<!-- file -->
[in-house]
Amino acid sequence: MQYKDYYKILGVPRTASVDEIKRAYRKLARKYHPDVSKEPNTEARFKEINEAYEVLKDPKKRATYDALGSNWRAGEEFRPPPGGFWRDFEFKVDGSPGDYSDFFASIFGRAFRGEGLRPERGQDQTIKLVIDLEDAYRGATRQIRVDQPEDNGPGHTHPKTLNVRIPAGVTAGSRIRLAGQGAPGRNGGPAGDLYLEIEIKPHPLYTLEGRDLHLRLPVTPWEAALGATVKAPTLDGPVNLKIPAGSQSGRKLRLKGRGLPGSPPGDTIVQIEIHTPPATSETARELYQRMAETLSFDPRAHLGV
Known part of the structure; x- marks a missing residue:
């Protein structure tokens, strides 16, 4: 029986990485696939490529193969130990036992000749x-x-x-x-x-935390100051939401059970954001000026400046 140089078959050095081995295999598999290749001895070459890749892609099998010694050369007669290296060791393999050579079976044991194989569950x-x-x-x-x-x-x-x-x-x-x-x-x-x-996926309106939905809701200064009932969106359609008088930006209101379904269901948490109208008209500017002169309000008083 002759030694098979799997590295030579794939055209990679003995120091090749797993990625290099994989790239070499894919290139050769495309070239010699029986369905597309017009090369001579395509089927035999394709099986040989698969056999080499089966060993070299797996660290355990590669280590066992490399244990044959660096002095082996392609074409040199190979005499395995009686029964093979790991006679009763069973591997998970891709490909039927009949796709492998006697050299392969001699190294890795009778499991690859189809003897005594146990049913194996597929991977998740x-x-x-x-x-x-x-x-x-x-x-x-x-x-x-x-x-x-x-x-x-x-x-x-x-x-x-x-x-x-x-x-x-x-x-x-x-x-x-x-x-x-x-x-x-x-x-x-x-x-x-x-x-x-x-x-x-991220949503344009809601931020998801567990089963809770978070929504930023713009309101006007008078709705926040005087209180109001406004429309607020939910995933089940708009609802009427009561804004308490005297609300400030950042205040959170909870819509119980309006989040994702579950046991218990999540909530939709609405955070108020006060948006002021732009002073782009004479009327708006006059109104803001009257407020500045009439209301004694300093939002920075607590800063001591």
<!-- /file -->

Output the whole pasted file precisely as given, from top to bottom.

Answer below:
[in-house]
Amino acid sequence: MQYKDYYKILGVPRTASVDEIKRAYRKLARKYHPDVSKEPNTEARFKEINEAYEVLKDPKKRATYDALGSNWRAGEEFRPPPGGFWRDFEFKVDGSPGDYSDFFASIFGRAFRGEGLRPERGQDQTIKLVIDLEDAYRGATRQIRVDQPEDNGPGHTHPKTLNVRIPAGVTAGSRIRLAGQGAPGRNGGPAGDLYLEIEIKPHPLYTLEGRDLHLRLPVTPWEAALGATVKAPTLDGPVNLKIPAGSQSGRKLRLKGRGLPGSPPGDTIVQIEIHTPPATSETARELYQRMAETLSFDPRAHLGV
Known part of the structure; x- marks a missing residue:
């Protein structure tokens, strides 16, 4: 029986990485696939490529193969130990036992000749x-x-x-x-x-935390100051939401059970954001000026400046 140089078959050095081995295999598999290749001895070459890749892609099998010694050369007669290296060791393999050579079976044991194989569950x-x-x-x-x-x-x-x-x-x-x-x-x-x-996926309106939905809701200064009932969106359609008088930006209101379904269901948490109208008209500017002169309000008083 002759030694098979799997590295030579794939055209990679003995120091090749797993990625290099994989790239070499894919290139050769495309070239010699029986369905597309017009090369001579395509089927035999394709099986040989698969056999080499089966060993070299797996660290355990590669280590066992490399244990044959660096002095082996392609074409040199190979005499395995009686029964093979790991006679009763069973591997998970891709490909039927009949796709492998006697050299392969001699190294890795009778499991690859189809003897005594146990049913194996597929991977998740x-x-x-x-x-x-x-x-x-x-x-x-x-x-x-x-x-x-x-x-x-x-x-x-x-x-x-x-x-x-x-x-x-x-x-x-x-x-x-x-x-x-x-x-x-x-x-x-x-x-x-x-x-x-x-x-x-991220949503344009809601931020998801567990089963809770978070929504930023713009309101006007008078709705926040005087209180109001406004429309607020939910995933089940708009609802009427009561804004308490005297609300400030950042205040959170909870819509119980309006989040994702579950046991218990999540909530939709609405955070108020006060948006002021732009002073782009004479009327708006006059109104803001009257407020500045009439209301004694300093939002920075607590800063001591």